This could be a step toward controlling HIV without the daily use of antiviral drugs. It also marks the first study — published in this week’s New England Journal of Medicine – to report the modification of an exact spot in human DNA, ushering in the age of gene editing.
Researchers used an “editing tool” developed by Sangamo BioSciences of Richmond, Calif. The tool consisted of natural proteins called zinc finger nucleases that recognize specific DNA sequences and can be used like molecular scissors to introduce intentional genetic mutations.
It’s much more specific than the older way of doing gene therapy, which relied on disabled viruses to carry and dump genes randomly into a cells’ DNA.
“The ability to edit the human genome has been a prayer ever since we first understood that genes control biology,” said Sangamo CEO Edward Lanphier, who founded the company in 1995. “But we’ve moved beyond the concept of gene replacement, which was the idea behind gene therapy. Gene editing is much safer and more effective.”
Sangamo is working on zinc finger-based approaches to treat and possibly cure hemophilia, Huntington’s disease, and sickle-cell anemia, which are all caused by a single defective gene. The firm also supplies ready-made and custom-made zinc finger proteins to scientists around the world.
The Penn study, led by gene-therapy pioneer Carl June and funded by both the federal government and Sangam, aimed to recreate the genetic variations in some people who are either partially or completely immune to HIV.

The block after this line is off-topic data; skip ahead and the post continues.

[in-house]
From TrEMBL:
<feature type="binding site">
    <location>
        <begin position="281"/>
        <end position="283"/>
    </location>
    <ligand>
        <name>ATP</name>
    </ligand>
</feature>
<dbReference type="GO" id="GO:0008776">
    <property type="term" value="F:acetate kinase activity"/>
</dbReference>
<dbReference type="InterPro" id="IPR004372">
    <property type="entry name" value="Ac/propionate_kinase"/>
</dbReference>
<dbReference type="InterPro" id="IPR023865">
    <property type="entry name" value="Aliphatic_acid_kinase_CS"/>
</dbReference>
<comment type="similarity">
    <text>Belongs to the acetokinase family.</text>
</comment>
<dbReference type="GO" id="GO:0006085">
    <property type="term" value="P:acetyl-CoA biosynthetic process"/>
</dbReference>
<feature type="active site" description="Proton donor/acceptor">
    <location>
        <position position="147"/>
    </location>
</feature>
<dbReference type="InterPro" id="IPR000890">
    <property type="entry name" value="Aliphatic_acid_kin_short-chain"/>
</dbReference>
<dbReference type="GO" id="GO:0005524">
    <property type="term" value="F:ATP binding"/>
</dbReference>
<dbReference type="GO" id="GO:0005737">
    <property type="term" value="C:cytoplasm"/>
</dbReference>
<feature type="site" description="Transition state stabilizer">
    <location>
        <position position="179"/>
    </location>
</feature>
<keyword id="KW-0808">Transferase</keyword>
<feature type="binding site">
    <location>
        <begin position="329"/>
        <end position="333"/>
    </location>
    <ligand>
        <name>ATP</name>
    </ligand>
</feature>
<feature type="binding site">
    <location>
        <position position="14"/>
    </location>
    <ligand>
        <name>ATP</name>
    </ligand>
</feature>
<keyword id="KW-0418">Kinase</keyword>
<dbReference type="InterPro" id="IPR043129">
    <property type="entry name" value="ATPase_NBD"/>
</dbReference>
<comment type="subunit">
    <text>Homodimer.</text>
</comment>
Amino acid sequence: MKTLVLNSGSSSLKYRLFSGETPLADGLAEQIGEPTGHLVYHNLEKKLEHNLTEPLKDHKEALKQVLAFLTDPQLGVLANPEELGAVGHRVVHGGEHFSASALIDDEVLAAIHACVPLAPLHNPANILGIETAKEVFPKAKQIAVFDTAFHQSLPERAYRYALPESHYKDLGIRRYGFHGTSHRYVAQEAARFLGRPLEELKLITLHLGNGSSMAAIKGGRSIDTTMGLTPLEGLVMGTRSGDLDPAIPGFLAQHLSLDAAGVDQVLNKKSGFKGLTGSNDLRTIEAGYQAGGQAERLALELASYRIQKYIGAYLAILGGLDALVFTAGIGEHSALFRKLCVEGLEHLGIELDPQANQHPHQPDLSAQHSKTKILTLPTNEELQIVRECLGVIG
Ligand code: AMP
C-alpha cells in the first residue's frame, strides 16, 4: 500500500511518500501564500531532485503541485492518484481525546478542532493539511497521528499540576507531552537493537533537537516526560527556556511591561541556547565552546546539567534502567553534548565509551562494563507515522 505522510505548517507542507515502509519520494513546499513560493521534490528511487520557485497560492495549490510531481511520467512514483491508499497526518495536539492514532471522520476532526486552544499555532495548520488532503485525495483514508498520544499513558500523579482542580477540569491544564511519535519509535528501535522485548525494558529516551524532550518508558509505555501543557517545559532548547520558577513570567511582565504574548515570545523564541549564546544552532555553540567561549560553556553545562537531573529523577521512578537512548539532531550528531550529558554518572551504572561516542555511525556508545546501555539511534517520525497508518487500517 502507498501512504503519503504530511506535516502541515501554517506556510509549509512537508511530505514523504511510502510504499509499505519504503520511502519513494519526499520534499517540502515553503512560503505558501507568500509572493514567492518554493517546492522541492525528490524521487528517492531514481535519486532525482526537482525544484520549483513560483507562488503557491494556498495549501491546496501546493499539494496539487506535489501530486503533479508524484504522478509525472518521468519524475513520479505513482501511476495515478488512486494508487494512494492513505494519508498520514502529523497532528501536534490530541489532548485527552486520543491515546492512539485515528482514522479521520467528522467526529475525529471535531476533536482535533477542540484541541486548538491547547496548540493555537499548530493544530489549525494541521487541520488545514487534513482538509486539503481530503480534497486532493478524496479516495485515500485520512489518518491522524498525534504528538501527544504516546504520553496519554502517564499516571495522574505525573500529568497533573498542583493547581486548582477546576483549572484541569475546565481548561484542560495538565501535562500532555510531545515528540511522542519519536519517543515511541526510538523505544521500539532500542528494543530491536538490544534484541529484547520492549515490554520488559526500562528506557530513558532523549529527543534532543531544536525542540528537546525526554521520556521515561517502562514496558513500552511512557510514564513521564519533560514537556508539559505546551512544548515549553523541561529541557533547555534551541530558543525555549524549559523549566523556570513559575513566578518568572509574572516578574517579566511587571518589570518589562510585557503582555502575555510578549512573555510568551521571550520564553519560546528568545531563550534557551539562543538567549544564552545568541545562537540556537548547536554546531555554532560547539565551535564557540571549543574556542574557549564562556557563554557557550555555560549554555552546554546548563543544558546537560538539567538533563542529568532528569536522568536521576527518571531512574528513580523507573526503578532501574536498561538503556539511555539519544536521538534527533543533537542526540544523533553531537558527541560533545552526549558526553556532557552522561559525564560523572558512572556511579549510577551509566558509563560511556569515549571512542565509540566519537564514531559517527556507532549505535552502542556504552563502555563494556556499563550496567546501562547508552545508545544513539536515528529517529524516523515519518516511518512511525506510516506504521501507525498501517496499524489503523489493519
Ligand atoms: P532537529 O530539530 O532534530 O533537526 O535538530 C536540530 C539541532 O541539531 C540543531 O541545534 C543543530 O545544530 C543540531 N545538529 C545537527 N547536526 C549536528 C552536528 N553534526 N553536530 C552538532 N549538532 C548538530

One such gene variant keeps T cells, which are disease-fighting blood cells that HIV attacks, from making a receptor (a sort of cell doorway) that HIV uses to break in and attack the body. About 10% of Caucasians have inherited one copy of this gene variant, making them resistant to HIV infection and about 1% have two copies – one from each parent – making them immune to HIV.
To replicate this invulnerability, June’s team removed T cells from 12 HIV-infected patients who were taking standard antiviral drugs and used the zinc fingers editing tool to delete the doorway receptor gene. The modified T cells were then multiplied and each patient received a transfusion of roughly 10 billion.
To see whether these modified cells might be fighting HIV, the researchers interrupted standard drug therapies for three months in six patients with healthy T cell counts and observed that blood levels of HIV decreased in four of the patients, falling to an undetectable level in one man.
Some of the modified T cells were found to concentrate in the patients’ guts, where HIV builds a stockpile. Current drugs reduce the ability of HIV to reproduce but can’t completely eliminate it from the body because of this reservoir.
“We believe the only effective way to functionally cure HIV is to get the immune system to reduce the reservoir,” Lanphier said.
Whether or not this early effort at gene editing leads to a functional cure for HIV, experts say the gene editing technology is game-changing in the fight against disease.
“Gene therapy had a lot of hype and the expectations were unrealistic; it still has no approved therapy,” said June. “But I think we’re on the threshold. We now know it’s possible to do genetic editing with exquisite precision at levels with therapeutic relevance.”